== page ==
The Three Weeks is an annual mourning period that falls out in the summer. This is when we mourn the destruction of the Holy Temple and our launch into a still-ongoing exile. With an eye to the future, we also learn about the Third Temple, which is yet to be built.

The period begins on the 17th of the Hebrew month of Tammuz, a fast day that marks the day when the walls of Jerusalem were breached by the Romans in 69 CE.

It reaches its climax and concludes with the fast of the 9th of Av, the date when both Holy Temples were set aflame. This is the saddest day of the Jewish calendar, and it is also the date that many other tragedies befell our people . . .  read more Tisha B’Av and the 3 Weeks

TISHA B'AV

The Ninth of Av Fast Day

Tisha B’Av, the 9th day of the month of Av (August 6-7), is the saddest day on the Jewish calendar, on which we fast, deprive ourselves and pray. It is the culmination of the Three Weeks, a period of time during which we mark the destruction of the Holy Temple in Jerusalem.

 

Because the 9th of Av falls on a Shabbos the fast is pushed off to Saturday night and Sunday.

The Fast Begins on Shabbat Night, August 6, 2022 at 8:01 pm
The Fast Ends nightfall of  Sunday, August 7, 2022 at 8:36 pm

OBERVANCES

Besides fasting, we abstain from additional pleasures: washing, applying lotions or creams, wearing leather footwear, and marital relations.

Until midday, we sit on the floor or on low stools. We also abstain from studying Torah—besides those parts that discuss the destruction of the Temple.

On the eve of Tisha b’Av, we gather in the synagogue to read the Book of Lamentations. Tallit and tefillin are not worn during the morning prayers. After the morning prayers we recite Kinot (elegies). We don the tallit and tefillin for the afternoon prayers.

THIS YEAR:

Tisha B’Av That Falls on Shabbat or Sunday

The following rules apply to any year on which Tisha B’Av is observed on Sunday—whether it originally fell on Sunday, or whether it fell on Shabbat and the fast was postponed until Saturday night.

On Shabbat, all public displays of mourning are strictly prohibited. On this day we eat, drink and rejoice as is customary—and even more so.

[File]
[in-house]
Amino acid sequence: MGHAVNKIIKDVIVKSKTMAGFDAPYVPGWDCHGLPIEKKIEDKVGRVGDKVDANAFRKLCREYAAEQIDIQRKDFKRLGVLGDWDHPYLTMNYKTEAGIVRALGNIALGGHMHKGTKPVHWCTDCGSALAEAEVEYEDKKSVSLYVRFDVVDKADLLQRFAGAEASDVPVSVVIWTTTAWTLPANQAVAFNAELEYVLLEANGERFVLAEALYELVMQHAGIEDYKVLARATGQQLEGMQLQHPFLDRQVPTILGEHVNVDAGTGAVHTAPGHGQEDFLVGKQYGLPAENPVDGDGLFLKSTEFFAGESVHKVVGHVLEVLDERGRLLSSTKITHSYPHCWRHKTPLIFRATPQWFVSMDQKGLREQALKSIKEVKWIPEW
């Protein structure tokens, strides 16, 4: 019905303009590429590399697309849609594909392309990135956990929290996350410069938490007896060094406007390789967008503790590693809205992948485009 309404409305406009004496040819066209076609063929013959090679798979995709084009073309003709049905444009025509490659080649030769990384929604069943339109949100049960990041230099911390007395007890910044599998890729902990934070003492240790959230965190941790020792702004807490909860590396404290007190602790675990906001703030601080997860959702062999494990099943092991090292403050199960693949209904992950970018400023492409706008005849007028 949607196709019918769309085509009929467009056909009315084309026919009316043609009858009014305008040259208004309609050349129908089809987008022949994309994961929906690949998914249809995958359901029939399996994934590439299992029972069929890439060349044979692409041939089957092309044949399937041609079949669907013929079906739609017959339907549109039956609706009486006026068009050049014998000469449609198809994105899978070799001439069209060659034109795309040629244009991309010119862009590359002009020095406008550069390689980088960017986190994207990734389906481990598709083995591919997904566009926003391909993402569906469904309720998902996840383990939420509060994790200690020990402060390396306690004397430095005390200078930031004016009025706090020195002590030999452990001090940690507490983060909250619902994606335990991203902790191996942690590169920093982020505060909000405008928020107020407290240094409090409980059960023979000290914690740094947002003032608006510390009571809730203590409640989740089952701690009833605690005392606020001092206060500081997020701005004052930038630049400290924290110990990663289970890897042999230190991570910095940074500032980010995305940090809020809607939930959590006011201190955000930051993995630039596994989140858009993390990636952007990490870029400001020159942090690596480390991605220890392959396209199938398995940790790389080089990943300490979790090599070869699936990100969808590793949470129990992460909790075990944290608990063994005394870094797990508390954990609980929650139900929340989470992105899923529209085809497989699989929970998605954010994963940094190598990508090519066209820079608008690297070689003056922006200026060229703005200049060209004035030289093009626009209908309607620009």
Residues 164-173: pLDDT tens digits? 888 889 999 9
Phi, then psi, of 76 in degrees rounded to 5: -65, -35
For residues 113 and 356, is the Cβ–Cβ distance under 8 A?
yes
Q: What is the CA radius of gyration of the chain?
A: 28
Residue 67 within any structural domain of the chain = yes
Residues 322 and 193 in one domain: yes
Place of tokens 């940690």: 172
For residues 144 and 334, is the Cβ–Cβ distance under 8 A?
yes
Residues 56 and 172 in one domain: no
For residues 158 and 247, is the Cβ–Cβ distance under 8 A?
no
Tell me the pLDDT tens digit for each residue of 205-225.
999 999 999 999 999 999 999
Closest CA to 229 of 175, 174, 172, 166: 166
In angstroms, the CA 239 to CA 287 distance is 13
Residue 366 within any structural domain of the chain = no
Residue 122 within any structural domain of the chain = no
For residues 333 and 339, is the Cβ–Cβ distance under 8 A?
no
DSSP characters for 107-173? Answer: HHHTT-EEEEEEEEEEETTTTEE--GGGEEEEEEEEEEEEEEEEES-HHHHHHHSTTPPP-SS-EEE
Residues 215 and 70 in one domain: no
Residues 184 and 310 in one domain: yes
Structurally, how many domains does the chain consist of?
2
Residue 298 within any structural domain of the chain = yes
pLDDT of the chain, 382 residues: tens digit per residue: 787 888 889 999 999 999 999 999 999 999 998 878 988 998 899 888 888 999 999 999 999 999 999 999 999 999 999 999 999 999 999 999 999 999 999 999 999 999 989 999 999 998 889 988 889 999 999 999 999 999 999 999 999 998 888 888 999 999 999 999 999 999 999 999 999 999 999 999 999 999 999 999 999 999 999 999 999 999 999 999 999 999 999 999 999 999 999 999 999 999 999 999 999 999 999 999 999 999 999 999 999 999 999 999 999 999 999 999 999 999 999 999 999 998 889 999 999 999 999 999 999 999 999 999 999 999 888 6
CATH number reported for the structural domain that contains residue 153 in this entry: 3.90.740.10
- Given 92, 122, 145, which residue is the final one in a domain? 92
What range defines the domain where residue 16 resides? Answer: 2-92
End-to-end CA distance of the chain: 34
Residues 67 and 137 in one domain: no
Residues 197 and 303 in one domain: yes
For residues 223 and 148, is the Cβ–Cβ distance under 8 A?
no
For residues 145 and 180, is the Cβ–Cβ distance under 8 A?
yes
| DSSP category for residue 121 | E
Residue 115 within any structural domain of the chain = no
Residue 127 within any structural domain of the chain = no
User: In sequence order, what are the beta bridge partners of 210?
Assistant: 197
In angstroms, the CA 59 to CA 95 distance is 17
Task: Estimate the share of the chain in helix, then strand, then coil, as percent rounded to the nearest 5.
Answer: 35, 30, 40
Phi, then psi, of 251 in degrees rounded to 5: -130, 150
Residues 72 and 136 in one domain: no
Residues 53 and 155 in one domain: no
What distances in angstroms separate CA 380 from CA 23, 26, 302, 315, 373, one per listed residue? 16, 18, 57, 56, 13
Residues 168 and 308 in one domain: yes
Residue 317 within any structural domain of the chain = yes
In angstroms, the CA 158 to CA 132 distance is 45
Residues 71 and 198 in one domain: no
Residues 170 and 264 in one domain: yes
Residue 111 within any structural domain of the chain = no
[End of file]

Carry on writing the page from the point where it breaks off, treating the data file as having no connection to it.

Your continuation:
There are two exceptions: On this day we eat, drink and rejoice as is customary—and even more so(a) If Shabbat is actually the 9th of Av, then marital relations are forbidden in Ashkenazi tradition.1 (b) In all cases when Tisha B’Av is observed on Sunday, it is forbidden to study Torah starting with Shabbat midday (aside for those sections of Torah which are permitted to be studied on Tisha B’Av). As such, on this Shabbat we do not recite a chapter of Ethics of the Fathers, as is the custom in many communities on summertime Shabbat afternoons.

No mournful “separation meal” is conducted before the fast. Instead, shortly before sunset we partake of a sumptuous and joyous pre-fast meal. Care must be taken, however, that this meal ends before sunset.

We sit on chairs of regular height and wear normal footwear until nightfall. Only washing, eating and drinking are prohibited starting with sunset.

Havdalah is recited on Sunday night.2 In the evening prayers, the usual Shabbat night insertion, “Atah Chonantanu,” is included. The prayer “Vihi Noam” is omitted. Those who have not recited the evening prayers should say, before doing any activity that is forbidden on Shabbat, “Baruch hamavdil bein kodesh l’chol” (“Blessed is He who separates between the holy [day of Shabbat] and the mundane [weekday]”).

Sometime on Saturday night (ideally right before the reading of Eicha), kindle the  havdalah candle and recite the appropriate blessing. (We do not recite the blessing of the spices.)

Immediately after the “Barchu” passage is recited in the Saturday night prayer service, remove your leather shoes and don non-leather footwear.

Recite the havdalah on Sunday night before eating. We sit on chairs of regular height and wear normal footwear until nightfall—omitting the blessings on the spices and candle. When 9 Av is on Sunday, if possible, the havdalah wine or grape juice should be given to a child—younger than bar/bat mitzvah age—to drink.

If the ninth of Av falls on Shabbat, in which case the fast is delayed until the tenth, many of the restrictions applicable to the Nine Days end when the fast ends, and havdalah wine, music, bathing and haircutting are permitted. We do not eat meat or drink other wine until the next morning, however.

FOOTNOTES

1.

This is because abstaining from relations does not constitute a public display of mourning. However, on this Shabbat only actual marital relations are banned (as opposed to Tisha B’Av itself, when all forms of intimacy are forbidden). This prohibition does not apply if Friday night is mikvah night.

2.

If there’s an ill person who needs to eat during the fast, he or she should recite the havdalah before eating.

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Schedule at Chabad

Friday night, August 5 

7:49 pm Candle lighting

8:00 pm Mincha / Kabbalat Shabbos

 

Shabbos afternoon: Finish your meal by 8:01 pm - The Fast begins

Shabbos ends 8:51 pm - Change into non leather shoes

9:30 pm Maariv and Eicha (Lamentations)

 

Tisha B'Av, Sunday, August 7, 2022

9:00 am Shacharit (without Tallis and Tefillin)

Followed by Kinus with our Kollel Rabbis

7:30 pm conclude Shacharit with Tallit and Tefillin,  Mincha

Maariv 8:30 pm

Fast Ends: 8:36 pm